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Old 09-02-2003, 05:27 PM
Tanya
 
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Default calcium and acidity question

hello,
(zone 5)
i use vinegar in certain acid requiring plants' water (hibiscus, azalea)
to maintain (or get to) a pH 7... the vinegar / water's pH is ~ 5 or
6...
have heard that certain elements are unAvailable in acidic environments
for ex calcium and wonder whether i should supplement these with calcium
containing fertilizer (even though the soil pH is only minimally acidic
(since i am assuming that the tap water is the calcium source)
thank you!


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Old 10-02-2003, 12:55 AM
Iris Cohen
 
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Default calcium and acidity question

(zone 5)
i use vinegar in certain acid requiring plants' water (hibiscus, azalea) to
maintain (or get to) a pH 7

vinegar is not recommended, as it will decompose in the soil & may produce
compounds which are toxic to plants. I think you would do better to use
Miracid. City tap water in most locations has enough calcium for most plants.
The usual problem is too much.

Iris,
Central NY, Zone 5a, Sunset Zone 40
"If we see light at the end of the tunnel, It's the light of the oncoming
train."
Robert Lowell (1917-1977)
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Old 10-02-2003, 01:25 AM
Tom Jaszewski
 
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Default calcium and acidity question

Xref: news7 rec.gardens:208493

On 10 Feb 2003 00:38:05 GMT, (Iris Cohen) wrote:

I think you would do better to use
Miracid.


First you express concerns about salts then you recommend salts...DOH?




Regards,

tomj
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Old 10-02-2003, 02:25 PM
Beecrofter
 
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Default calcium and acidity question

First off Miracid is a fertilizer not a soil ammendment.

Almost all chemical fertilizers will be acid and the ones for crops
will tell you how much lime per ton of fertilizer you need to apply to
counteract the acidity.

To keep your soil acid your best bet would be to work a little sulfur
into the top inch or so and to keep the lawn lime away from your
plantings.
For faster results you would use aluminum sulfate.

To provide sulfur and nitrogen you could use a fertilizer whose
nitrogen componant came from ammonium sulfate.

As for the calcium concerns in the original post you either learn to
recognize deficiency or you do a soil test.
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Old 11-02-2003, 05:55 PM
Tanya
 
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Default calcium and acidity question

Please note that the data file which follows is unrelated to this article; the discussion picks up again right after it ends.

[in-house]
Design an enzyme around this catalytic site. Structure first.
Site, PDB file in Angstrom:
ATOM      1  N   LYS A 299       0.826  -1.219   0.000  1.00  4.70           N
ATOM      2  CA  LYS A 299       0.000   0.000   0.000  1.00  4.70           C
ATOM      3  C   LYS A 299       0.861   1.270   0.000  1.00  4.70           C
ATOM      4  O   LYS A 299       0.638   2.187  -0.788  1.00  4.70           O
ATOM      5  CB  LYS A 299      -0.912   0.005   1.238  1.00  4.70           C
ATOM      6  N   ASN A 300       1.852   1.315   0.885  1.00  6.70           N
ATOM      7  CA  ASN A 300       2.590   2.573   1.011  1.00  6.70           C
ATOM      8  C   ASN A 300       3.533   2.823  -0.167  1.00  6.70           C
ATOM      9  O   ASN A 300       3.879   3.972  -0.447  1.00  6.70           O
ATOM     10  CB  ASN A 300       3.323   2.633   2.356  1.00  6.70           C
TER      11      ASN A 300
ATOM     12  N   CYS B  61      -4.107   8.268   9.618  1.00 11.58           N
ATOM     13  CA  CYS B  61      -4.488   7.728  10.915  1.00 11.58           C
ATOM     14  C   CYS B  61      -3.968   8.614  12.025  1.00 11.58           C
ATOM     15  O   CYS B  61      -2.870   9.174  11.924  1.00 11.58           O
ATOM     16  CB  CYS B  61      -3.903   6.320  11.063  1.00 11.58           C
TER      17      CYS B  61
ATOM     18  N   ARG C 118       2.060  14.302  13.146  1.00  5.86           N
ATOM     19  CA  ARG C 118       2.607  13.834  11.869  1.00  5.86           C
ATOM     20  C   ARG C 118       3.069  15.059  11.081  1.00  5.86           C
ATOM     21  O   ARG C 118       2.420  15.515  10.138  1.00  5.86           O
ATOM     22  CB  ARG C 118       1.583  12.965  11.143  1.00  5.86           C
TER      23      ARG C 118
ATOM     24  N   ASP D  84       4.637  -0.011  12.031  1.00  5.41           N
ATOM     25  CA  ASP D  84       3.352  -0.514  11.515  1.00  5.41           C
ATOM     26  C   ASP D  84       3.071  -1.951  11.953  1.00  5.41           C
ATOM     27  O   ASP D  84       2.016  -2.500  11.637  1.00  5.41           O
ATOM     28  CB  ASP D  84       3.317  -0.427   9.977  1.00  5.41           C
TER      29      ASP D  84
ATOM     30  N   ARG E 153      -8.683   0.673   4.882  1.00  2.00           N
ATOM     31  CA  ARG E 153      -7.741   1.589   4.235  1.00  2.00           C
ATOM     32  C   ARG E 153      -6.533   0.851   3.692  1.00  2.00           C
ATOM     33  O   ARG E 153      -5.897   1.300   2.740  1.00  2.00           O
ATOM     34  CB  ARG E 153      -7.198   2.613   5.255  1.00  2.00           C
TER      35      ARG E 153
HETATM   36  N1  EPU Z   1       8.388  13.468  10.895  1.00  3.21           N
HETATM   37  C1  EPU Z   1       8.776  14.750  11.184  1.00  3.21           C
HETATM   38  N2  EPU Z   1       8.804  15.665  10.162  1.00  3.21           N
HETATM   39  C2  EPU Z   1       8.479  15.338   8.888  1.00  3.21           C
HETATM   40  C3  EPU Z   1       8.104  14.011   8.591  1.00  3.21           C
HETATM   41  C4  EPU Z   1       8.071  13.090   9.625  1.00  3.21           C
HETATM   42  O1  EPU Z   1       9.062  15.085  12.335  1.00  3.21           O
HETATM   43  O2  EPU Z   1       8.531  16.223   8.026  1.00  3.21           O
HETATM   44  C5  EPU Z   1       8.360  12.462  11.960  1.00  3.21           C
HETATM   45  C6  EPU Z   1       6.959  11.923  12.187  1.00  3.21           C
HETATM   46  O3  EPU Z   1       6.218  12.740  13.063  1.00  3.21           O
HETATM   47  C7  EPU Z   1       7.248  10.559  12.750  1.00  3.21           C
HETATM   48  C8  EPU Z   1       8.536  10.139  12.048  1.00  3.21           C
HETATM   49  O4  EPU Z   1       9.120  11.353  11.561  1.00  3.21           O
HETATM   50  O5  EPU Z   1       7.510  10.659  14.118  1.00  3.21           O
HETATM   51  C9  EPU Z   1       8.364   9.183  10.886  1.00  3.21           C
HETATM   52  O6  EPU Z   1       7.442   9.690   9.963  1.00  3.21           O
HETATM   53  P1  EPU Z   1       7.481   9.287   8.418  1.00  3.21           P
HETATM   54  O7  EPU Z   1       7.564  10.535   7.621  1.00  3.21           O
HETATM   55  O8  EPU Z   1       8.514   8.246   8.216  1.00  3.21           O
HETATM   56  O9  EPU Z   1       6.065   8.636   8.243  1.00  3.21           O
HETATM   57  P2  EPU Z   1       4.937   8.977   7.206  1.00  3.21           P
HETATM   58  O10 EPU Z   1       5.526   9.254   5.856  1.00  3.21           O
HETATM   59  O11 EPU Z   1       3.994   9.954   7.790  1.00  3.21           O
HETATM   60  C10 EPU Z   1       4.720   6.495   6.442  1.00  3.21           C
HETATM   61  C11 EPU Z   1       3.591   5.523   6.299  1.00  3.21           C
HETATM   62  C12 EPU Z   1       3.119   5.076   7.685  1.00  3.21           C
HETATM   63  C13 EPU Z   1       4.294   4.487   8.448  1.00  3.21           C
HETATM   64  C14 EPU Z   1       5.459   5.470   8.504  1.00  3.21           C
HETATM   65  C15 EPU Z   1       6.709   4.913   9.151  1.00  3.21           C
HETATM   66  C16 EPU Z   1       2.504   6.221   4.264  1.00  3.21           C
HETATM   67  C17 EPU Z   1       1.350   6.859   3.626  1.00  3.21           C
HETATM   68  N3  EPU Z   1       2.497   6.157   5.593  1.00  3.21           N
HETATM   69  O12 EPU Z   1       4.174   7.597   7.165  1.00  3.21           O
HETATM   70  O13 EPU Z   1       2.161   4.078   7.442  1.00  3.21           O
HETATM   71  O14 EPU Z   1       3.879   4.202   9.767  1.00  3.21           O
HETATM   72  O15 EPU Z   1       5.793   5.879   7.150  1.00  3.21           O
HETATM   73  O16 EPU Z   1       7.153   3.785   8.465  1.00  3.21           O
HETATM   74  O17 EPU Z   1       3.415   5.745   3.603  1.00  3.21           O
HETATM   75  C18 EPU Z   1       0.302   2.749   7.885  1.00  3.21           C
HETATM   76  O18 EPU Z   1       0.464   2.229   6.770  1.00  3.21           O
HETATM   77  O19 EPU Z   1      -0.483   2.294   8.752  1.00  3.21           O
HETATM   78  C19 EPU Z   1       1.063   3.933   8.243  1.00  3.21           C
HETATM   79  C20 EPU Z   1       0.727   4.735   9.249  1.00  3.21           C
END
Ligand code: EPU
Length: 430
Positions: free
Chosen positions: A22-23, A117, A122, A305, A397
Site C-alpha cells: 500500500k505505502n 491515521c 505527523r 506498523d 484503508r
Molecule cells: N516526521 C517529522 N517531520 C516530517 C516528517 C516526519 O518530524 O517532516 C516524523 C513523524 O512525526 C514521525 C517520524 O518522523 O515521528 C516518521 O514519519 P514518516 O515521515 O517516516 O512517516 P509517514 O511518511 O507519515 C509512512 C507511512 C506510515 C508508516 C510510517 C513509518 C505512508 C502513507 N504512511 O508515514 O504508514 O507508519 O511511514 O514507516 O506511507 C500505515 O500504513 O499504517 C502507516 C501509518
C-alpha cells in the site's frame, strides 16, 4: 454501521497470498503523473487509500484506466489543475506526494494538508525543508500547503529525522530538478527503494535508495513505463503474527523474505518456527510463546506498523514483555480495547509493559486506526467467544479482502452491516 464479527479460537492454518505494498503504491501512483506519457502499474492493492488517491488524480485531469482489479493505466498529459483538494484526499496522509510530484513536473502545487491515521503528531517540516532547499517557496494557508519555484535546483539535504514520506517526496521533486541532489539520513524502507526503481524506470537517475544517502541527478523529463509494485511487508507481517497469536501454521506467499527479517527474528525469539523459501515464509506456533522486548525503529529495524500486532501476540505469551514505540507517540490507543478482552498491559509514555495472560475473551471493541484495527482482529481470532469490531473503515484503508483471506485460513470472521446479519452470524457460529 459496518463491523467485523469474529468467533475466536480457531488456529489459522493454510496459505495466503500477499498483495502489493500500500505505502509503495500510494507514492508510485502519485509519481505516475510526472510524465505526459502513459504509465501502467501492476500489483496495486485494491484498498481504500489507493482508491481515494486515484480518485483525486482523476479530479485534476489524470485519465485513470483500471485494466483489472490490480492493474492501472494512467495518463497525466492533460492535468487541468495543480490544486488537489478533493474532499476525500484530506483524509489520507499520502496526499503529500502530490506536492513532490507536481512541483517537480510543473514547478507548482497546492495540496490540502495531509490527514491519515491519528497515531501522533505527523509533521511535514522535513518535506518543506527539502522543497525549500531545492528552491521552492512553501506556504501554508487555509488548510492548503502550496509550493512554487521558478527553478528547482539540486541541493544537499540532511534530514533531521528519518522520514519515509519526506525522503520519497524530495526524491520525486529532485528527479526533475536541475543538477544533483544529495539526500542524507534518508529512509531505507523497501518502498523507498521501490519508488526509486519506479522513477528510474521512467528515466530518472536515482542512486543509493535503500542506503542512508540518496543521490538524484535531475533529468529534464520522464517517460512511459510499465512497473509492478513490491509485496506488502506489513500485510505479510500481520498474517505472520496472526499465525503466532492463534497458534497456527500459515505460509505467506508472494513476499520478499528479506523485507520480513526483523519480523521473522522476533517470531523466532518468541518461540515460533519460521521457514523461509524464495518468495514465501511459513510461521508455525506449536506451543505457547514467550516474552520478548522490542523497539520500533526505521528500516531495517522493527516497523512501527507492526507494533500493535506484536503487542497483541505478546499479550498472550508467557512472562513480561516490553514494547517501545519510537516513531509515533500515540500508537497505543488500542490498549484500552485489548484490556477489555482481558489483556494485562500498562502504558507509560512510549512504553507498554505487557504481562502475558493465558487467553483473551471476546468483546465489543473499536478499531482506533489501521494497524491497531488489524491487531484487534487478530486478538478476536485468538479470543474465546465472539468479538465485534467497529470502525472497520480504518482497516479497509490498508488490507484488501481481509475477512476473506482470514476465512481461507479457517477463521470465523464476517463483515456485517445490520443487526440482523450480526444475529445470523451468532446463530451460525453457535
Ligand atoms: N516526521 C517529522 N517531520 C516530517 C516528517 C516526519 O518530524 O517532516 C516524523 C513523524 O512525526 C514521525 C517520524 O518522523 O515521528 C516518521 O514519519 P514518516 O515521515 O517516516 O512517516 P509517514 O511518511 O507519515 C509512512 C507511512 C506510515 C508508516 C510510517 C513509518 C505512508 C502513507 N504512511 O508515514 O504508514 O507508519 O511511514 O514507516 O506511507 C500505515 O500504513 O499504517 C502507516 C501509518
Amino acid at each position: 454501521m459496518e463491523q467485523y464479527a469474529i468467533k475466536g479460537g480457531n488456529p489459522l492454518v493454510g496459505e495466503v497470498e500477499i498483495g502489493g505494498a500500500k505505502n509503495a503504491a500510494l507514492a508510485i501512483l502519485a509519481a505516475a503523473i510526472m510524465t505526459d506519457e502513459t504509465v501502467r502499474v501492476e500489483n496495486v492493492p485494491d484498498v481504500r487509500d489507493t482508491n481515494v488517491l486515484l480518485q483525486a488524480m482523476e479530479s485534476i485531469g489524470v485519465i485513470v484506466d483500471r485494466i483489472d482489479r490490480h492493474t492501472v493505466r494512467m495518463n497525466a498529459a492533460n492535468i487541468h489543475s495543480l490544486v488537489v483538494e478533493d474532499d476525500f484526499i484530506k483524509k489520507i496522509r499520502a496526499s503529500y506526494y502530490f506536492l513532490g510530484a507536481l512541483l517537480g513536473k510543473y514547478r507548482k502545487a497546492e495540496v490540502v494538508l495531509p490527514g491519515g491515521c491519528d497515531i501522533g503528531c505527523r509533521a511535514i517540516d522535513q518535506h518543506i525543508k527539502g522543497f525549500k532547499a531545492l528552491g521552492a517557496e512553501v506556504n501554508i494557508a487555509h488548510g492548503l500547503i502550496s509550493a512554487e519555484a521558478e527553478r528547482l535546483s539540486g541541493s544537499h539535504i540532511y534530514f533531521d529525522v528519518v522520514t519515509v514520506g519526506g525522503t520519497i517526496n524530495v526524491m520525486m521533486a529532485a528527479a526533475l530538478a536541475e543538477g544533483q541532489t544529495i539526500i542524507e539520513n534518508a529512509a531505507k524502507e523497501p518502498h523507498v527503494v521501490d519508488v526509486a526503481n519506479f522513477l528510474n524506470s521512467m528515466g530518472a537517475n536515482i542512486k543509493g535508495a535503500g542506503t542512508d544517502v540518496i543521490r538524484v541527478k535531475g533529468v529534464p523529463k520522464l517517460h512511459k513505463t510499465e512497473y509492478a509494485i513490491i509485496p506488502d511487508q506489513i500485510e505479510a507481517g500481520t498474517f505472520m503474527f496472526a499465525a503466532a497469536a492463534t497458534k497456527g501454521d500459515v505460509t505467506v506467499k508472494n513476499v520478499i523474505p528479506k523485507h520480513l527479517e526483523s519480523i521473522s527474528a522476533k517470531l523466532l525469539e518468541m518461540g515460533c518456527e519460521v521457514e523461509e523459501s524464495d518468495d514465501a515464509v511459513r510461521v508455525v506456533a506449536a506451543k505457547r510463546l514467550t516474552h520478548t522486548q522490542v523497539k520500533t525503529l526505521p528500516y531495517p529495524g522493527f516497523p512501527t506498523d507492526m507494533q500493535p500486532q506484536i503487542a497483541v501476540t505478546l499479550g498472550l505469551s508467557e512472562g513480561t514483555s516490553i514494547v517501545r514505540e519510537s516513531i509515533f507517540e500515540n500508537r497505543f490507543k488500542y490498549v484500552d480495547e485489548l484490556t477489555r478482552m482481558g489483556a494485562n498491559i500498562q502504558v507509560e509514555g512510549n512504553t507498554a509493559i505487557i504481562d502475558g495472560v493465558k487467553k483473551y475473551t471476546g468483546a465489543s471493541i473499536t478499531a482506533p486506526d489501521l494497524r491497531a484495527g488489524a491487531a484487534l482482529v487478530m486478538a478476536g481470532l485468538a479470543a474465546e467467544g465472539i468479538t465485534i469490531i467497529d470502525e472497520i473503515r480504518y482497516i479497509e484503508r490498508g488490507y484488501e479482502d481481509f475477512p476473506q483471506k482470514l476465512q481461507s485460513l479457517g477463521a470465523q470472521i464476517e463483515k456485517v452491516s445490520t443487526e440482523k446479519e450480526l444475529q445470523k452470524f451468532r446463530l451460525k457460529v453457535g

Iris Cohen wrote:

(zone 5)
i use vinegar in certain acid requiring plants' water (hibiscus, azalea) to
maintain (or get to) a pH 7

vinegar is not recommended, as it will decompose in the soil & may produce
compounds which are toxic to plants. I think you would do better to use
Miracid. City tap water in most locations has enough calcium for most plants.
The usual problem is too much.

Iris,
Central NY, Zone 5a, Sunset Zone 40
"If we see light at the end of the tunnel, It's the light of the oncoming
train."
Robert Lowell (1917-1977)


thanks for the reply...
i tested the soil and the mirAcid (which i *have* been using) is doing nothing
for the pH...
sincerely
Tanya




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Old 11-02-2003, 05:55 PM
Tanya
 
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Default calcium and acidity question

Beecrofter wrote:

First off Miracid is a fertilizer not a soil ammendment.

Almost all chemical fertilizers will be acid and the ones for crops
will tell you how much lime per ton of fertilizer you need to apply to
counteract the acidity.

To keep your soil acid your best bet would be to work a little sulfur
into the top inch or so and to keep the lawn lime away from your
plantings.
For faster results you would use aluminum sulfate.

To provide sulfur and nitrogen you could use a fertilizer whose
nitrogen componant came from ammonium sulfate.

As for the calcium concerns in the original post you either learn to
recognize deficiency or you do a soil test.


hi
thank you for replying...
i *do* use mirAcid on some (azaleas) and tested the soil which in all
except for 1 (which i had given sulfur to for ?mites/root problems)) were
neutral to basic (on the test capsules and a pool testing kit)
with the pool kit however, the pH was 6.8 for the sulfurized one...
i don't know how to test for calcium...
thanks again
sincerely
Tanya



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Old 12-02-2003, 12:25 AM
FarmerDill
 
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Default calcium and acidity question

6...
have heard that certain elements are unAvailable in acidic environments
for ex calcium and wonder whether i should supplement these with calcium
containing fertilizer (even though the soil pH is only minimally acidic
(since i am assuming that the tap water is the calcium source)
thank you!

Soluble calcium salts or hydroxides combine with acids to form insoluble or
less soluble calcium salts, That's why you use gound limestone (calcium
carbonate) to to raise the pH of acid soils or take TUMS (also calcium
carbonate) to raise the pH of your tummy, As long as a soluble calcium salt is
available it is looking fo an acid to neutralize. Fortunately acid loving
plants have low calcium requirements.

dill


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